By Alexander Soldatov, Southern Federal University
Synergy between the traditional Russian route for development of a research laboratory in the form of a scientific school and extensive international mobility for researchers led to the remarkable growth and development of Southern Federal University's International Research Center for Smart Materials.
Eye on Mexico: Public support for science is high, but transition to a research-based economy remains the challenge
By Edmundo A. Gutiérrez-D., National Institute for Astrophysics, Optics and Electronics, Mexico
Most Mexican companies are oriented towards low-tech production and commercialization of imported goods, while the government is steering the research community, through the evaluation process, towards an international qualification level, which is not correlated with the country’s current industrial needs. This disconnect is hindering the transition toward a more technology-oriented base economy. There is an urgent need to build confidence in the joint university-industry relationship and to reorient high-skilled human resources to meet Mexico’s industrial and technology needs.
Tackling grand challenges: Boosting interdisciplinarity to embrace complexity, unknowns and imperfection
By Gabriele Bammer, The Australian National University
For a team-based interdisciplinary effort to successfully address complex, real-world grand challenges, we need to boost our problem-solving skill sets. In addition to reductionist thinking, which gives us detailed understanding of specific elements of the problem, we need to enhance our ability to also understand the problem as a system. This involves understanding interconnections, possible vicious or stabilizing cycles, simple rules that may underpin complex behaviors, properties that emerge when the focus moves from one level in a hierarchy to another, and so on.
By Miyoung Chun, The Kavli Foundation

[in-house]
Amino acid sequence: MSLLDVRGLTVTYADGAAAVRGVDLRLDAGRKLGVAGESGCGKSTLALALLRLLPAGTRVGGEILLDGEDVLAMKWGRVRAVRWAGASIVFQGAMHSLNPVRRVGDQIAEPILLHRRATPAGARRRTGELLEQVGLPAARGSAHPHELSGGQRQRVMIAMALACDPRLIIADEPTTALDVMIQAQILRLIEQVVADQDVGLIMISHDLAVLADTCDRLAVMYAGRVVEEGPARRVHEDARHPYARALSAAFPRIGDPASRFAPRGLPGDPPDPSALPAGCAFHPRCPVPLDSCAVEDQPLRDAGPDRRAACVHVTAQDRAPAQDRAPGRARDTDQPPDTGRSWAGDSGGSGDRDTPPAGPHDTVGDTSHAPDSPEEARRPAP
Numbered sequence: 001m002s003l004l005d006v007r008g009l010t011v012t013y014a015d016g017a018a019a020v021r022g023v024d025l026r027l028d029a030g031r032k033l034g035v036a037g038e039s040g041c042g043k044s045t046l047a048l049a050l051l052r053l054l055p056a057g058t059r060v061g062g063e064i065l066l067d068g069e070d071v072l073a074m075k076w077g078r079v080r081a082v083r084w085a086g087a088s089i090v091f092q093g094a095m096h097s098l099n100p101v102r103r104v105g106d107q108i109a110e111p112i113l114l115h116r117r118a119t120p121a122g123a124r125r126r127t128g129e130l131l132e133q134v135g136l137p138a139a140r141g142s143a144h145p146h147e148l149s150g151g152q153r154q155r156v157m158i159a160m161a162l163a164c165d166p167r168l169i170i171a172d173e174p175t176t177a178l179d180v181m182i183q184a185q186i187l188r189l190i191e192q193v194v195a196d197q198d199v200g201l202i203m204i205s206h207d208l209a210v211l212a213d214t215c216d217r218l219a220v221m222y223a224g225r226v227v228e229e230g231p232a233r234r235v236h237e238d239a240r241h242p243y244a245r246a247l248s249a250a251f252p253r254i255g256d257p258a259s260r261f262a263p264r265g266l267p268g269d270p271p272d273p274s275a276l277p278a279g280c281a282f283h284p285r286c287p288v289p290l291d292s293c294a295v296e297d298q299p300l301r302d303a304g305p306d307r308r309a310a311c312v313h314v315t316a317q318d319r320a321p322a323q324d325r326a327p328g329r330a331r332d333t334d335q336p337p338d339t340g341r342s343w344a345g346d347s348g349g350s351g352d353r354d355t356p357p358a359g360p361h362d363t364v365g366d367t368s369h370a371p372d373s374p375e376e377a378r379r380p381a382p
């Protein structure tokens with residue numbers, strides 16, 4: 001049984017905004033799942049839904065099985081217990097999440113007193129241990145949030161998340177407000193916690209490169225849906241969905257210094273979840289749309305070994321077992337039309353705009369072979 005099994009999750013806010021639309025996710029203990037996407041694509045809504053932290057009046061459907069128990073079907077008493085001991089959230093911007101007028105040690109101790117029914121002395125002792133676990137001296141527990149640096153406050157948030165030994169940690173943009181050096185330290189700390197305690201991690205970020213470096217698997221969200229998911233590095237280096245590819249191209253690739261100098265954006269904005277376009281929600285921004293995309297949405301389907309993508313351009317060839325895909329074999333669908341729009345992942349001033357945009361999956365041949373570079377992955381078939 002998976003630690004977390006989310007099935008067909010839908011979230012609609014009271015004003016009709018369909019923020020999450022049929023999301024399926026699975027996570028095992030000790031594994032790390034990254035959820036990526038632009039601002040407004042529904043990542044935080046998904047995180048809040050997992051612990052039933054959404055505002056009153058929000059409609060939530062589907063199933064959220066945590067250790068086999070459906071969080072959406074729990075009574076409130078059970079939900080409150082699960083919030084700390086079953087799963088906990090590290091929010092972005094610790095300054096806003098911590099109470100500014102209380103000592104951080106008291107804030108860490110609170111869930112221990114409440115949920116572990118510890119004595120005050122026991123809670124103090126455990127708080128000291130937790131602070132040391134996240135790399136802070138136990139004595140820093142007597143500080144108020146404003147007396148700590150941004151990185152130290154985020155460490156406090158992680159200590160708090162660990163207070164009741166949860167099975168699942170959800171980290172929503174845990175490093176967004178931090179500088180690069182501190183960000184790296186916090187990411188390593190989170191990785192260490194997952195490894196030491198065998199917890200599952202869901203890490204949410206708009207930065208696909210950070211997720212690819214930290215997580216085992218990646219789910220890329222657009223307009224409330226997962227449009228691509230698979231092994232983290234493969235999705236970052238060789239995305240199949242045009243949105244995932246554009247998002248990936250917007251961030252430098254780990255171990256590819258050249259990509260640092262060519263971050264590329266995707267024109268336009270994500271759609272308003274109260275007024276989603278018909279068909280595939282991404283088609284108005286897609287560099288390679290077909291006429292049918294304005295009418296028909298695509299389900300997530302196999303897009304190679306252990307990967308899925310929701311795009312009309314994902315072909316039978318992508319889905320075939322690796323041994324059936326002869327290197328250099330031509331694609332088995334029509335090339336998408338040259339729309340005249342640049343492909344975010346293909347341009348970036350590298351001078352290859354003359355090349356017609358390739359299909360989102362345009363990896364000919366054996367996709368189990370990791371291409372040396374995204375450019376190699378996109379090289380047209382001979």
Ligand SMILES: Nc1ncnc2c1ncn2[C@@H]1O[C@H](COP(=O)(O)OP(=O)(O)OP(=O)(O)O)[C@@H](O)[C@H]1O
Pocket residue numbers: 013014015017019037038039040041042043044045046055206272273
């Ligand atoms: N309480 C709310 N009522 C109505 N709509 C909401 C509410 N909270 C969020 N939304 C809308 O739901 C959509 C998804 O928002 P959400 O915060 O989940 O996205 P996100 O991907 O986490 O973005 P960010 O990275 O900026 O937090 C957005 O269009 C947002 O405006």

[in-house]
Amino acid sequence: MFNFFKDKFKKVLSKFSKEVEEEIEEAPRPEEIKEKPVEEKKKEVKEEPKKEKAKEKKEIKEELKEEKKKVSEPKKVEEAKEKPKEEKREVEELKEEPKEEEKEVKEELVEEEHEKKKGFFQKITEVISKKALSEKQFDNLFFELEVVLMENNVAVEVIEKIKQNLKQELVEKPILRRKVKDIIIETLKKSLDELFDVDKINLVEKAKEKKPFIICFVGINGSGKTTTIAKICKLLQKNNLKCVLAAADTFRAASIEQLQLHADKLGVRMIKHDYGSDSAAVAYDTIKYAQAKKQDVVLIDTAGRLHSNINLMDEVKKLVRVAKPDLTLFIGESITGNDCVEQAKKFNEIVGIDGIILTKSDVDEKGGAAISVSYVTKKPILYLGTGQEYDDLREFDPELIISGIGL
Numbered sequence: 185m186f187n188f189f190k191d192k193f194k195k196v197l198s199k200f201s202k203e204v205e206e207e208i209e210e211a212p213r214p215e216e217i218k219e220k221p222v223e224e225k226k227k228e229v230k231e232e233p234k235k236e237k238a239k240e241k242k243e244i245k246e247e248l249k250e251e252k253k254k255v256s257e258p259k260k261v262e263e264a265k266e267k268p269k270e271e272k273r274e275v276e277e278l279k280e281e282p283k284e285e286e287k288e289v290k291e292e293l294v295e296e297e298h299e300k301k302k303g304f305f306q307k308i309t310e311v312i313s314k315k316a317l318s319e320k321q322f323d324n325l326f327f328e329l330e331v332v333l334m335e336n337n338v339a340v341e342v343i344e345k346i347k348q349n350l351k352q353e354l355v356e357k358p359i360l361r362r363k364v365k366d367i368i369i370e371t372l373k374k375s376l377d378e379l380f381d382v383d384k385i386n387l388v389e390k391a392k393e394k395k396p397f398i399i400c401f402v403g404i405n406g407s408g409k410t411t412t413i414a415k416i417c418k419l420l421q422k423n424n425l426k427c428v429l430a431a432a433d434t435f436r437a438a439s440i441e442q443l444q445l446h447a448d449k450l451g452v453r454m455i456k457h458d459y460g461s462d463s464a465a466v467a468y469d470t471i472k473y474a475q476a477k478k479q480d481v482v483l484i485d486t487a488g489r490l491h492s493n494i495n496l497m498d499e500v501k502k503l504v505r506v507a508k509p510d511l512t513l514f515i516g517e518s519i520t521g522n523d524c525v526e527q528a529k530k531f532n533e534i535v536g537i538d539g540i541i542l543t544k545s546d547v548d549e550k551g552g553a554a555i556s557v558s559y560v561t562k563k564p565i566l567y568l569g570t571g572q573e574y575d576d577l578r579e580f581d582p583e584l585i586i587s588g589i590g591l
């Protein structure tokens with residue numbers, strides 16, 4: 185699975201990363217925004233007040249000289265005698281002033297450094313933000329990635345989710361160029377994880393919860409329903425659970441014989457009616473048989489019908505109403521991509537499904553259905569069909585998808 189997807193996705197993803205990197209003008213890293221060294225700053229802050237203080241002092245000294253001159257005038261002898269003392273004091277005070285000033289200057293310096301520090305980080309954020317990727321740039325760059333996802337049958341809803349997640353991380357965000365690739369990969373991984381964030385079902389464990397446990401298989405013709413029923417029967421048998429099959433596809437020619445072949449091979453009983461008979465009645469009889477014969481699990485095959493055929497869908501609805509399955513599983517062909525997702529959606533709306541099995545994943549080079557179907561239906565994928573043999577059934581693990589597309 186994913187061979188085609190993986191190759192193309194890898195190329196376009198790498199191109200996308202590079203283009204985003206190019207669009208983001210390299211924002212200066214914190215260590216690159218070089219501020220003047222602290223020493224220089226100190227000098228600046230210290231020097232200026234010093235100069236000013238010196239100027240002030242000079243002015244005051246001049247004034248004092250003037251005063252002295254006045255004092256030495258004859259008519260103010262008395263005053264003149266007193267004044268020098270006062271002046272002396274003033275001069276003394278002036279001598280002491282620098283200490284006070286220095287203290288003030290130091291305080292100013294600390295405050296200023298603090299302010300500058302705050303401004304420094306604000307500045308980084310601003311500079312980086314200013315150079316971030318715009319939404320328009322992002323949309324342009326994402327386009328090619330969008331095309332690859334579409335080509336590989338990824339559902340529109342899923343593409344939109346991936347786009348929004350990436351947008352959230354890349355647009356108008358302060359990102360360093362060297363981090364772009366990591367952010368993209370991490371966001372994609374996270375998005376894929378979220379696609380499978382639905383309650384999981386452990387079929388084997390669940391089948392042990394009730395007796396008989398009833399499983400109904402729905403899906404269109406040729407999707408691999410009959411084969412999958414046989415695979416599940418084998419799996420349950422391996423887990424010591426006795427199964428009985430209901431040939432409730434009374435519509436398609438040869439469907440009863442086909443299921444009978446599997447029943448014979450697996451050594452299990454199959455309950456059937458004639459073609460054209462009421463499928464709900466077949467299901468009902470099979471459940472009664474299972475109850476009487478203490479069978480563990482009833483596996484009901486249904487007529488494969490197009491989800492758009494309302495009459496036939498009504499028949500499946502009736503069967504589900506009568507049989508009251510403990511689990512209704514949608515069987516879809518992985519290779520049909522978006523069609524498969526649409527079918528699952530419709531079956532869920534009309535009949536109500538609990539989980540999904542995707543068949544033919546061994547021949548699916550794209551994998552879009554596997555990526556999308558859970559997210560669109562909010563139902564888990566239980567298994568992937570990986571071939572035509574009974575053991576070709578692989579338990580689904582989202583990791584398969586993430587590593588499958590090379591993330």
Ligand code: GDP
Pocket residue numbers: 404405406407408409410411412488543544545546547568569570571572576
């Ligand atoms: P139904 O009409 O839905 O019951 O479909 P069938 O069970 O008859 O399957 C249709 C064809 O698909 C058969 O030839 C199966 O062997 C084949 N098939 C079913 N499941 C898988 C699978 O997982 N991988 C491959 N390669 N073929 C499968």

The Kavli Foundation has carved out strategic positions as a catalyzer in well-established centers of science and as a leader in identifying and developing new niche areas of science in a timely way. Kavli Institutes are structured to enable a level of independent inquiry lacking in funding from other sources.
By Scott Rutherford, Queen's University Belfast
It is no surprise that the need for research information comes from both internal and external drivers. Perhaps the most important external driver for information within the UK context is the Research Excellence Framework (REF), an initiative of the four UK higher education funding bodies to assess the performance of UK researchers.
By Norhayati Zakaria, Universiti Utara Malaysia
With the globalization of research teams, institutions are increasingly paying attention to the interconnections between management competencies and culture. Whether the team is together in one physical location or operates in a virtual environment, challenges can arise from many sources: cultural, managerial, operational, efficiency or effectiveness concerns, and more.
By Dr. Jerson L. Silva, FAPERJ and Federal University of Rio de Janeiro
The State of Rio de Janeiro funding agency FAPERJ has achieved its most significant growth over the last 15 years and consolidated efforts as an important funder of science, technology and innovation. As a result, the State’s scientific output has improved in quantity and quality over recent years.
Interview with Marye Anne Fox, UC San Diego
Chancellor Fox discusses the University of California, San Diego's global reputation/regional impact, funding successes and challenges, and the Sanford Consortium for Regenerative Medicine. "It’s a challenge to manage public opinion when a large part of the public may not understand the difference between an operating budget and a capital budget."